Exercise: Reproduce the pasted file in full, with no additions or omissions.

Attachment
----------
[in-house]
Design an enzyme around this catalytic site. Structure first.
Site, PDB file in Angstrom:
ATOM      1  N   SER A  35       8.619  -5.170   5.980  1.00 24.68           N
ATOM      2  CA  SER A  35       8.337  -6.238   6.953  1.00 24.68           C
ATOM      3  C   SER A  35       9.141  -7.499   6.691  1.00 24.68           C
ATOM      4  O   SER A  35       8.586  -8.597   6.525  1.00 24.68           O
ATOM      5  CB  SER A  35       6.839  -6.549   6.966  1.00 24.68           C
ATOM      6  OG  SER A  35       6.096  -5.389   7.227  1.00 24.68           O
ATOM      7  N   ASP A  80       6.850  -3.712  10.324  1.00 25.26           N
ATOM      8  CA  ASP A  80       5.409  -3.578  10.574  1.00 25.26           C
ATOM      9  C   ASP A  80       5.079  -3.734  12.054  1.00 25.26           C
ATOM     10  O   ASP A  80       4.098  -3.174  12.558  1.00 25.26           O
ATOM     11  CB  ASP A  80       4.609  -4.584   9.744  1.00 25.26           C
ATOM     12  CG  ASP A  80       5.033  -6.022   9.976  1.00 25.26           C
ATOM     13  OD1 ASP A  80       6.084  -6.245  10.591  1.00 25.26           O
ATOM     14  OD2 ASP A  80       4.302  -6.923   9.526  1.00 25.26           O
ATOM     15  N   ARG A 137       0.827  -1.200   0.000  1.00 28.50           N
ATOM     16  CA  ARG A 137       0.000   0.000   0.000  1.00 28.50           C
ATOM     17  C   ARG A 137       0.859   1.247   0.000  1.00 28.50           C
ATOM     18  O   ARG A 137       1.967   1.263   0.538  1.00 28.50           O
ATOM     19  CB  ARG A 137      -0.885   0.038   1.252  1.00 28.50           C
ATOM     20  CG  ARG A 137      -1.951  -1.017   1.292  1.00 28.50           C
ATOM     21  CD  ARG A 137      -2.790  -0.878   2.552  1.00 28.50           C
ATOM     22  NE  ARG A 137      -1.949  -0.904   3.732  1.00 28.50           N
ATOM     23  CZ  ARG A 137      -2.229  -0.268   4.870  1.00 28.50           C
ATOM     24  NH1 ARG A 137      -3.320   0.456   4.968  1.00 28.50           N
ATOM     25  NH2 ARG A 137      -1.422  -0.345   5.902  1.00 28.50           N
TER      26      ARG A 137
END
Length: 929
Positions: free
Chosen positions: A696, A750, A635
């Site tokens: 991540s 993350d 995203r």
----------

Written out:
[in-house]
Design an enzyme around this catalytic site. Structure first.
Site, PDB file in Angstrom:
ATOM      1  N   SER A  35       8.619  -5.170   5.980  1.00 24.68           N
ATOM      2  CA  SER A  35       8.337  -6.238   6.953  1.00 24.68           C
ATOM      3  C   SER A  35       9.141  -7.499   6.691  1.00 24.68           C
ATOM      4  O   SER A  35       8.586  -8.597   6.525  1.00 24.68           O
ATOM      5  CB  SER A  35       6.839  -6.549   6.966  1.00 24.68           C
ATOM      6  OG  SER A  35       6.096  -5.389   7.227  1.00 24.68           O
ATOM      7  N   ASP A  80       6.850  -3.712  10.324  1.00 25.26           N
ATOM      8  CA  ASP A  80       5.409  -3.578  10.574  1.00 25.26           C
ATOM      9  C   ASP A  80       5.079  -3.734  12.054  1.00 25.26           C
ATOM     10  O   ASP A  80       4.098  -3.174  12.558  1.00 25.26           O
ATOM     11  CB  ASP A  80       4.609  -4.584   9.744  1.00 25.26           C
ATOM     12  CG  ASP A  80       5.033  -6.022   9.976  1.00 25.26           C
ATOM     13  OD1 ASP A  80       6.084  -6.245  10.591  1.00 25.26           O
ATOM     14  OD2 ASP A  80       4.302  -6.923   9.526  1.00 25.26           O
ATOM     15  N   ARG A 137       0.827  -1.200   0.000  1.00 28.50           N
ATOM     16  CA  ARG A 137       0.000   0.000   0.000  1.00 28.50           C
ATOM     17  C   ARG A 137       0.859   1.247   0.000  1.00 28.50           C
ATOM     18  O   ARG A 137       1.967   1.263   0.538  1.00 28.50           O
ATOM     19  CB  ARG A 137      -0.885   0.038   1.252  1.00 28.50           C
ATOM     20  CG  ARG A 137      -1.951  -1.017   1.292  1.00 28.50           C
ATOM     21  CD  ARG A 137      -2.790  -0.878   2.552  1.00 28.50           C
ATOM     22  NE  ARG A 137      -1.949  -0.904   3.732  1.00 28.50           N
ATOM     23  CZ  ARG A 137      -2.229  -0.268   4.870  1.00 28.50           C
ATOM     24  NH1 ARG A 137      -3.320   0.456   4.968  1.00 28.50           N
ATOM     25  NH2 ARG A 137      -1.422  -0.345   5.902  1.00 28.50           N
TER      26      ARG A 137
END
Length: 929
Positions: free
Chosen positions: A696, A750, A635
């Site tokens: 991540s 993350d 995203r």